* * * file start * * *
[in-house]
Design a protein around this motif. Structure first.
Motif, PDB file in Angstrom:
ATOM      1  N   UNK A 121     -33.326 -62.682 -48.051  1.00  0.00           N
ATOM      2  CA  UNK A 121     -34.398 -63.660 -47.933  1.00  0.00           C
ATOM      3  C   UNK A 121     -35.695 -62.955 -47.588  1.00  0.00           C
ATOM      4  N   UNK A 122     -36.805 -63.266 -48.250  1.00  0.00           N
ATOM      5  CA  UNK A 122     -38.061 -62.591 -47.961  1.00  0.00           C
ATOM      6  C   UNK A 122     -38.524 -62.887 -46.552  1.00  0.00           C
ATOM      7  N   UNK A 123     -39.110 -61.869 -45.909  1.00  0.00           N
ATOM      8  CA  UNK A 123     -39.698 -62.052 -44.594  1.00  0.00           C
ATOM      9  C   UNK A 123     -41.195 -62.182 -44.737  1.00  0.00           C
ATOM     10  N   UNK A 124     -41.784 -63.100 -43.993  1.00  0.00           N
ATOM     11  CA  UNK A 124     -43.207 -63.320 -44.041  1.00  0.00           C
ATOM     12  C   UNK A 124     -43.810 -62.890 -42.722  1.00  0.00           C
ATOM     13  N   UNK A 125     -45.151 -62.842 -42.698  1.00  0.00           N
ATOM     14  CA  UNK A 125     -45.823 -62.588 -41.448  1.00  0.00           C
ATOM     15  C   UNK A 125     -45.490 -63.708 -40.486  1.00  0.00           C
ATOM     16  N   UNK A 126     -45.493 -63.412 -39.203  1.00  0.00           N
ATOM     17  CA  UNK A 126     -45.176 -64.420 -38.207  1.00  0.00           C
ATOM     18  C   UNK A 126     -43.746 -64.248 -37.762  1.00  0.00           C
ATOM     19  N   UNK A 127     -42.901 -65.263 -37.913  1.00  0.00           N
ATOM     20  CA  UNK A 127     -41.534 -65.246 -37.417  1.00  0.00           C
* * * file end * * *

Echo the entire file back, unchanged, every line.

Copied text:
[in-house]
Design a protein around this motif. Structure first.
Motif, PDB file in Angstrom:
ATOM      1  N   UNK A 121     -33.326 -62.682 -48.051  1.00  0.00           N
ATOM      2  CA  UNK A 121     -34.398 -63.660 -47.933  1.00  0.00           C
ATOM      3  C   UNK A 121     -35.695 -62.955 -47.588  1.00  0.00           C
ATOM      4  N   UNK A 122     -36.805 -63.266 -48.250  1.00  0.00           N
ATOM      5  CA  UNK A 122     -38.061 -62.591 -47.961  1.00  0.00           C
ATOM      6  C   UNK A 122     -38.524 -62.887 -46.552  1.00  0.00           C
ATOM      7  N   UNK A 123     -39.110 -61.869 -45.909  1.00  0.00           N
ATOM      8  CA  UNK A 123     -39.698 -62.052 -44.594  1.00  0.00           C
ATOM      9  C   UNK A 123     -41.195 -62.182 -44.737  1.00  0.00           C
ATOM     10  N   UNK A 124     -41.784 -63.100 -43.993  1.00  0.00           N
ATOM     11  CA  UNK A 124     -43.207 -63.320 -44.041  1.00  0.00           C
ATOM     12  C   UNK A 124     -43.810 -62.890 -42.722  1.00  0.00           C
ATOM     13  N   UNK A 125     -45.151 -62.842 -42.698  1.00  0.00           N
ATOM     14  CA  UNK A 125     -45.823 -62.588 -41.448  1.00  0.00           C
ATOM     15  C   UNK A 125     -45.490 -63.708 -40.486  1.00  0.00           C
ATOM     16  N   UNK A 126     -45.493 -63.412 -39.203  1.00  0.00           N
ATOM     17  CA  UNK A 126     -45.176 -64.420 -38.207  1.00  0.00           C
ATOM     18  C   UNK A 126     -43.746 -64.248 -37.762  1.00  0.00           C
ATOM     19  N   UNK A 127     -42.901 -65.263 -37.913  1.00  0.00           N
ATOM     20  CA  UNK A 127     -41.534 -65.246 -37.417  1.00  0.00           C